Technology Tuesday

a topic for the 4pm Tues meetings in the BCRC

Unexpected Zoom in on Desktop Screen

Today there was a student that accidentally zoomed in on her desktop screen on her computer. I assumed that I could zoom out using Command -, like I do on my MacBook, but it didn't work. In case this happens to anyone the solution is Option-Command + or -, if you want to zoom in our out.

Synchronizing Folders

Someone asked me recently if there was an easy way to synchronize folders between two computers. Unfortunately, the easy ways tend not to work very reliably. But here is a method that's a little more complicated, but should be extremely reliable. You'll need to do some unix things and you'll need a place on the server where you can keep all of the files.

Note: You could avoid using the server as an intermediate space, but then you'd be limited to a system that only works inside the building. Or, rather, making it so it would also work outside the building would make it a lot more complicated.

We'll assume you're going to keep a folder in your home directory on a laptop and a desktop synchronized with a folder located on a lab hard-drive on marlin. Don't try to set this up with a folder in your home directory unless you've made prior arrangements with the technical staff, unless you only want to use it for tiny things.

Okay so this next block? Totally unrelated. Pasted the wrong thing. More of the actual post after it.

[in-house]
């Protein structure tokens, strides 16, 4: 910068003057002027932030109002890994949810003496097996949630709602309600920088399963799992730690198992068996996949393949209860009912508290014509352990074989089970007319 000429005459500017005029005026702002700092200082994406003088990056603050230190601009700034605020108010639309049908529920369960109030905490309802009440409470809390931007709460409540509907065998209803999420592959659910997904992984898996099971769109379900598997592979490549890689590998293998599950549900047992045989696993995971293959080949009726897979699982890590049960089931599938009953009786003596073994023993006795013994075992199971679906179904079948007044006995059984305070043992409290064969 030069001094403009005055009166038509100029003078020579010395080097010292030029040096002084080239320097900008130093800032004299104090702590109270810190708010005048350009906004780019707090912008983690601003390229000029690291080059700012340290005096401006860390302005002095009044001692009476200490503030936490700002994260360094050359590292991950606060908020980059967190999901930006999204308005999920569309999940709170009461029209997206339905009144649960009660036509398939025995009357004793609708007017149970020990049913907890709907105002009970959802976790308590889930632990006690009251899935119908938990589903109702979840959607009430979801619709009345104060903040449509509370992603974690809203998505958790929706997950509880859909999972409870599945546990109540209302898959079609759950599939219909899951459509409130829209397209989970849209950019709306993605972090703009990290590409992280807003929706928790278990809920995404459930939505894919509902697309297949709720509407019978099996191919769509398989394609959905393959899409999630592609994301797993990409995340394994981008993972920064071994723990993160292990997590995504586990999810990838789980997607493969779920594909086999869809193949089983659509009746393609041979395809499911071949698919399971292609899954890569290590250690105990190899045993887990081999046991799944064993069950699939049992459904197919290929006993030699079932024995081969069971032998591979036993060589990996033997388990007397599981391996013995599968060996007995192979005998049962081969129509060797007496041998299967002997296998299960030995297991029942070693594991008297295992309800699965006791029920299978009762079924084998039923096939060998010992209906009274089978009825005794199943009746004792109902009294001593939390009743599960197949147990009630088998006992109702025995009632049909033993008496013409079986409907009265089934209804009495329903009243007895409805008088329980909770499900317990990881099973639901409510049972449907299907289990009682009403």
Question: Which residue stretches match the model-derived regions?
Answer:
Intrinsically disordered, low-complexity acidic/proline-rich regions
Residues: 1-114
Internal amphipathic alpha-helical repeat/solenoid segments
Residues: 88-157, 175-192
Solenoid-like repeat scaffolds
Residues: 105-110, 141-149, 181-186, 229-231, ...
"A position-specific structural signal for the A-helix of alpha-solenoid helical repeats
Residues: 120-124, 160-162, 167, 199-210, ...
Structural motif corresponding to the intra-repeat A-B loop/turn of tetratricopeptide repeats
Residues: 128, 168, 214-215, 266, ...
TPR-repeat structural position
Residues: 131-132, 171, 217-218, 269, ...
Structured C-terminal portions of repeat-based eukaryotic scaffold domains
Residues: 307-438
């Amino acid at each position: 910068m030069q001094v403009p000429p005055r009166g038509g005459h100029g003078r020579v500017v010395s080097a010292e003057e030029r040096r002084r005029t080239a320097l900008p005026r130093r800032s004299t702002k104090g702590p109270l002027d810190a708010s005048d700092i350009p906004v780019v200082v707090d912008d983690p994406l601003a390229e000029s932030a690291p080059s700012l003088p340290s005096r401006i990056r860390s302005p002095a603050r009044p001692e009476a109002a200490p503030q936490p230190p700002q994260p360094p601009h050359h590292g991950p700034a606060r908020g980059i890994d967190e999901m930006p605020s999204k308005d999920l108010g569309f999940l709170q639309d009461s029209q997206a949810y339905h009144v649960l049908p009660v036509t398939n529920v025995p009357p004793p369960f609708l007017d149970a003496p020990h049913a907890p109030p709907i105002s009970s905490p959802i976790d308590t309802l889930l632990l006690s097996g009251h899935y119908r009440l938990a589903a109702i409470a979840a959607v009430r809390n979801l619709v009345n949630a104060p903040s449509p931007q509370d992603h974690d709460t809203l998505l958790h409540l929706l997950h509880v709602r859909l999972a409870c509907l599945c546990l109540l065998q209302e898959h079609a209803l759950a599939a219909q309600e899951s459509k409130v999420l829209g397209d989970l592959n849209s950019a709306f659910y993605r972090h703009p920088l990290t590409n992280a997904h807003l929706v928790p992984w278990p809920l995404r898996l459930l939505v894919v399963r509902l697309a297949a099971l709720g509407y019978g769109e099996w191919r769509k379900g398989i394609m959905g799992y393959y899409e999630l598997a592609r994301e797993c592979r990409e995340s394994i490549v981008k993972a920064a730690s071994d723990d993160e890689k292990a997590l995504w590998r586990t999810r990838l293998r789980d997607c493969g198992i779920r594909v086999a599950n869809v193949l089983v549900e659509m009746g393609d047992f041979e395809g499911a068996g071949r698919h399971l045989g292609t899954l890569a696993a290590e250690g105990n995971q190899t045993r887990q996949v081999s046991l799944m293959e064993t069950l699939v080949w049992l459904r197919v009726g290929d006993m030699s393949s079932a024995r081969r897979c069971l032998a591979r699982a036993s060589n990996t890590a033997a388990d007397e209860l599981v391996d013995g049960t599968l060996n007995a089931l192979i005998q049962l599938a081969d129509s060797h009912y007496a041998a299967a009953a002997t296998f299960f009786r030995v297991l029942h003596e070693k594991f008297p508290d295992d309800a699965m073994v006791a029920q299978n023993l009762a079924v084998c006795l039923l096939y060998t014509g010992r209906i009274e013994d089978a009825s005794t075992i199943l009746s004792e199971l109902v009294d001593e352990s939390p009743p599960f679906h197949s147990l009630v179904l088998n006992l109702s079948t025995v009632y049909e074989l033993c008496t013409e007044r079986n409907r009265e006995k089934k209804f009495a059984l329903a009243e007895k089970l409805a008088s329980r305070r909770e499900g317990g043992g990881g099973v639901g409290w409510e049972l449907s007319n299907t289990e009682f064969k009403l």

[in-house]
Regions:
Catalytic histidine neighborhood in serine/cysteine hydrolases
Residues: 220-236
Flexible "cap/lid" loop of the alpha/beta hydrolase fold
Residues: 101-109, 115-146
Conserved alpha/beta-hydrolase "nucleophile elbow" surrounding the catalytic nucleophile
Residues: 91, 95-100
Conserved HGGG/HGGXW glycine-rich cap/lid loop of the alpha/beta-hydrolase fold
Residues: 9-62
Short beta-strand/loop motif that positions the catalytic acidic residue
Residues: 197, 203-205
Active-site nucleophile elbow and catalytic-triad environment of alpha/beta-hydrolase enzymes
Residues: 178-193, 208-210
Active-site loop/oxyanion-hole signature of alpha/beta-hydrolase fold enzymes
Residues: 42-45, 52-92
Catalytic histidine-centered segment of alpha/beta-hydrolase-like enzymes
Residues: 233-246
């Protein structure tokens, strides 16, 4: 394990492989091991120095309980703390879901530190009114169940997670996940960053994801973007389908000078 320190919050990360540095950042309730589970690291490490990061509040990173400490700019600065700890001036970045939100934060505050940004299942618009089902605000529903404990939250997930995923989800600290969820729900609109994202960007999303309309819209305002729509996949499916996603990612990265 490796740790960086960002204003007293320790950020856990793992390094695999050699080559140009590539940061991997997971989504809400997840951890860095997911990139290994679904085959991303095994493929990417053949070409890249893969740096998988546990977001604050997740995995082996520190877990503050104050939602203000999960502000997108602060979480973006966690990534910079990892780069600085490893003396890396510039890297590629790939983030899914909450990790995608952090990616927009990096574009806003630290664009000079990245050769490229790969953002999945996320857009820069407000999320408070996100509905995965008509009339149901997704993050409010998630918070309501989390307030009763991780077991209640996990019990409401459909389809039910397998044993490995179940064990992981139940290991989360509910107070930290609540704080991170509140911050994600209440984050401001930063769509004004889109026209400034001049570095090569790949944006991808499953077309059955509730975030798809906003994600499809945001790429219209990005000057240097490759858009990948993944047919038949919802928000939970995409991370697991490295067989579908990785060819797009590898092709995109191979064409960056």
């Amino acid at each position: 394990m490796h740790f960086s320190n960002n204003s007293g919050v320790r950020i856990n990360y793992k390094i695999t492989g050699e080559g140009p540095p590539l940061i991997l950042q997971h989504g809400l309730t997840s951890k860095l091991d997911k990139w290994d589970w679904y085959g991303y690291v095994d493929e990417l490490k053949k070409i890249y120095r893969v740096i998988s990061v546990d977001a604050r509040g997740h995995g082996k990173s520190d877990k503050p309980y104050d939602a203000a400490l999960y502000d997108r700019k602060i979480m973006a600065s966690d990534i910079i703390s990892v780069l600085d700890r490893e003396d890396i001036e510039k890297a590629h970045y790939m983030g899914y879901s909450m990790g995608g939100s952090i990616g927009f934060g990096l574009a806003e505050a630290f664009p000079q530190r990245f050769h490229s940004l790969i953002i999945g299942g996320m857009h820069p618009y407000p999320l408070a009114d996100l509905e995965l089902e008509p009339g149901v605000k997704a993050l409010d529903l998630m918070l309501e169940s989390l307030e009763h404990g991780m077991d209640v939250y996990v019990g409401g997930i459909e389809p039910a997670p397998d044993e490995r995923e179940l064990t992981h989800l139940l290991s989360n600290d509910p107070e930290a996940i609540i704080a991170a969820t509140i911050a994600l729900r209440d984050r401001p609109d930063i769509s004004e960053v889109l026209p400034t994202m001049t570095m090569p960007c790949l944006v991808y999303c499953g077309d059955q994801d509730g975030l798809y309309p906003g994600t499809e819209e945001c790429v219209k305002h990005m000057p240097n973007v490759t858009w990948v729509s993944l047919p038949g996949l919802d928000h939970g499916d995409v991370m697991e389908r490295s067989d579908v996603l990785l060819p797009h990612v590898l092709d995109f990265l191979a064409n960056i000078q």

Read more to learn how.

Using the No-Script Firefox Add-on

For Technology Tuesday on Nov 22, 2011, I will offer an overview of the No-Script Firefox add-on -- an important tool for improving browser security.

One of the most serious current vectors for security issues in computing are client-side scripts (Javascript and Flash in particular). In many ways, when you let these scripts run on your computer, it's like letting a stranger sit at your computer and do whatever they want (watch your keystrokes when you type passwords, for example). It's not supposed to be like that, but all too often it turns out that they actually can. It's worth taking steps to be aware of the issue and protect yourself.

Unfortunately, browsers don't provide simple tools to manage which sites you allow to execute code on your computer. In Firefox, there is a powerful Add-on called No-Script, which lets you choose on a site-by-site basis, which to allow to execute scripts on your web-browser. I will offer a walk-through of how to install and manage the add-on to help you make informed decisions about security and web-browsing.